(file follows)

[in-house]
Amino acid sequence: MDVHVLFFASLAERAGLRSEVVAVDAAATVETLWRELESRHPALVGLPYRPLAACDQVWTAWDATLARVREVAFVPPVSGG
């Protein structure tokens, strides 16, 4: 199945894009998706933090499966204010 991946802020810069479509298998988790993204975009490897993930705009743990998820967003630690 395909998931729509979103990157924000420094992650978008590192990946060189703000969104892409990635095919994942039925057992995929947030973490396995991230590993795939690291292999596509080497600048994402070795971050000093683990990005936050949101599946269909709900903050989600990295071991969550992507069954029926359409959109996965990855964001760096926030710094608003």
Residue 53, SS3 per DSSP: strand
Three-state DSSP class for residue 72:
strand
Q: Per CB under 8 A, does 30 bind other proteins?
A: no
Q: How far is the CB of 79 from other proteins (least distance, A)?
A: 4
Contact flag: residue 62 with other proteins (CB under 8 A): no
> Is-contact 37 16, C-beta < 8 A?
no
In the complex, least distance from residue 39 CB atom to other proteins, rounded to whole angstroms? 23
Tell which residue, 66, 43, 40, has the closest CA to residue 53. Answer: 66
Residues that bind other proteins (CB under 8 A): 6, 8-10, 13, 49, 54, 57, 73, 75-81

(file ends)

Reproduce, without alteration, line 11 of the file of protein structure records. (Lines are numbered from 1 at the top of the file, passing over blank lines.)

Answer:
Contact flag: residue 62 with other proteins (CB under 8 A): no